ACS Nano. 2013 Sep 24;7(9):8098-104. doi: 10.1021/nn403386f. Epub 2013 Aug 19.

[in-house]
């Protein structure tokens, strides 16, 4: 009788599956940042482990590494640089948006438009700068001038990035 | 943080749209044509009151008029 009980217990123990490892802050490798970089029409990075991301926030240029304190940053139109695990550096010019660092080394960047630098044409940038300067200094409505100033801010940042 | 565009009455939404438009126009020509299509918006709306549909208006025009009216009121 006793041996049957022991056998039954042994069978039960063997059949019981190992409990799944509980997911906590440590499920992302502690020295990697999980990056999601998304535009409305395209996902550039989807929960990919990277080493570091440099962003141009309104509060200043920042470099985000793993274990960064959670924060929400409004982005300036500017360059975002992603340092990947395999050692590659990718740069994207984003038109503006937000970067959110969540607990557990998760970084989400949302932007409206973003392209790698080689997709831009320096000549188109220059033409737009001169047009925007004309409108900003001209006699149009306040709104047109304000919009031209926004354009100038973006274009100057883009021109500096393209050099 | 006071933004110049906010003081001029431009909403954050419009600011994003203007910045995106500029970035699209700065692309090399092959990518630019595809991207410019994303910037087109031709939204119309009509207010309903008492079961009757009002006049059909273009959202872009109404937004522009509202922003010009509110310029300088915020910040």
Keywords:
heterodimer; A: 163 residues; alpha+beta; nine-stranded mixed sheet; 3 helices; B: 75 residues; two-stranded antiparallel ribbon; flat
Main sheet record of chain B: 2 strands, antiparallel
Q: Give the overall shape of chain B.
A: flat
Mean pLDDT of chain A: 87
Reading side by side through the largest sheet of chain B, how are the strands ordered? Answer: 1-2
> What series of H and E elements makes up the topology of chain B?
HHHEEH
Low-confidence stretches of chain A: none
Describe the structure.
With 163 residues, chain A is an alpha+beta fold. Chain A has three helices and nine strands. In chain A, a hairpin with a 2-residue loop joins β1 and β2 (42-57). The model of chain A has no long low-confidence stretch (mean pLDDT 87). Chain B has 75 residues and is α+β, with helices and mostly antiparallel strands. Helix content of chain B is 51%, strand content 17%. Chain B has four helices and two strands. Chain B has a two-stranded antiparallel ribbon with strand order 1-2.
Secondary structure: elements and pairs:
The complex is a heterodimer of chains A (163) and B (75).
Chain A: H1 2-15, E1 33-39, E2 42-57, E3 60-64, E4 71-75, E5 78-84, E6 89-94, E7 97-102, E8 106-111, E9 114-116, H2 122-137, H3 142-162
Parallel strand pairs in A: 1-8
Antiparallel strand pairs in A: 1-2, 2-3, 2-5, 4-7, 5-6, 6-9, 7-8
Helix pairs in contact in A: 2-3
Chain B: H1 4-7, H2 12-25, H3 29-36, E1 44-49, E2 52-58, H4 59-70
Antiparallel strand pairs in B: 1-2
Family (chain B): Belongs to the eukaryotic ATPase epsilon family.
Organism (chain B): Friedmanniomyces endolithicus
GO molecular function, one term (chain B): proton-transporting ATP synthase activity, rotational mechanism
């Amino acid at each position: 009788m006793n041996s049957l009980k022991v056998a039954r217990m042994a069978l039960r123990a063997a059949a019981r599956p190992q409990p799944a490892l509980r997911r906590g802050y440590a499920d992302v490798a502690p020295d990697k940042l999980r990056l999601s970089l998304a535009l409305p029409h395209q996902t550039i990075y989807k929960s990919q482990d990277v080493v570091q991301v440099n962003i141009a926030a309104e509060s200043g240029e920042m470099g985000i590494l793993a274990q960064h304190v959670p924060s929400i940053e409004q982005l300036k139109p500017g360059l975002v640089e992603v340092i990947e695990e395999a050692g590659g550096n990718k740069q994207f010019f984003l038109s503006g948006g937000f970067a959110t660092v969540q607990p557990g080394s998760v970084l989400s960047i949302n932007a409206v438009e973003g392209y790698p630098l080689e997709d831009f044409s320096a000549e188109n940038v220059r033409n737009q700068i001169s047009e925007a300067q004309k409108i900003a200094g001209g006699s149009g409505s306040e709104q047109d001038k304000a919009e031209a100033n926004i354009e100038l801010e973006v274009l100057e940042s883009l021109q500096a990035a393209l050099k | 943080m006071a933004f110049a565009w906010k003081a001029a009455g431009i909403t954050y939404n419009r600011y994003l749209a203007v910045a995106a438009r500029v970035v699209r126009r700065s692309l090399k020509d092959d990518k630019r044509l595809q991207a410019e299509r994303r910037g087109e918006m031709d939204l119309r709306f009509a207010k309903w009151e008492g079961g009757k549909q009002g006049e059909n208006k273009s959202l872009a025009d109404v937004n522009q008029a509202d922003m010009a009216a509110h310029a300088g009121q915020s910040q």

The ability to synthesize, characterize, and manipulate DNA forms the foundation of a range of advanced disciplines including genomics, molecular biology, and biomolecular engineering. In particular for the latter field, DNA has proven useful as a structural or functional component in nanoscale self-assembled structures, antisense therapeutics, microarray diagnostics, and biosensors. Such applications frequently require DNA to be modified and conjugated to other macromolecules, including proteins, polymers, or fatty acids, in order to equip the system with properties required for a particular application. However, conjugation of DNA to large molecular components using classical chemistries often suffers from suboptimal yields. Here, we report the use of terminal deoxynucleotidyl transferase (TdT) for direct enzymatic ligation of native DNA to nucleotide triphosphates coupled to proteins and other large macromolecules. We demonstrate facile synthesis routes for a range of NTP-activated macromolecules and subsequent ligation to the 3′ hydroxyl group of oligodeoxynucleotides using TdT. The reaction is highly specific and proceeds rapidly and essentially to completion at micromolar concentrations. As a proof of principle, parallelly labeled oligonucleotides were used to produce nanopatterned DNA origami structures, demonstrating rapid and versatile incorporation of non-DNA components into DNA nanoarchitectures.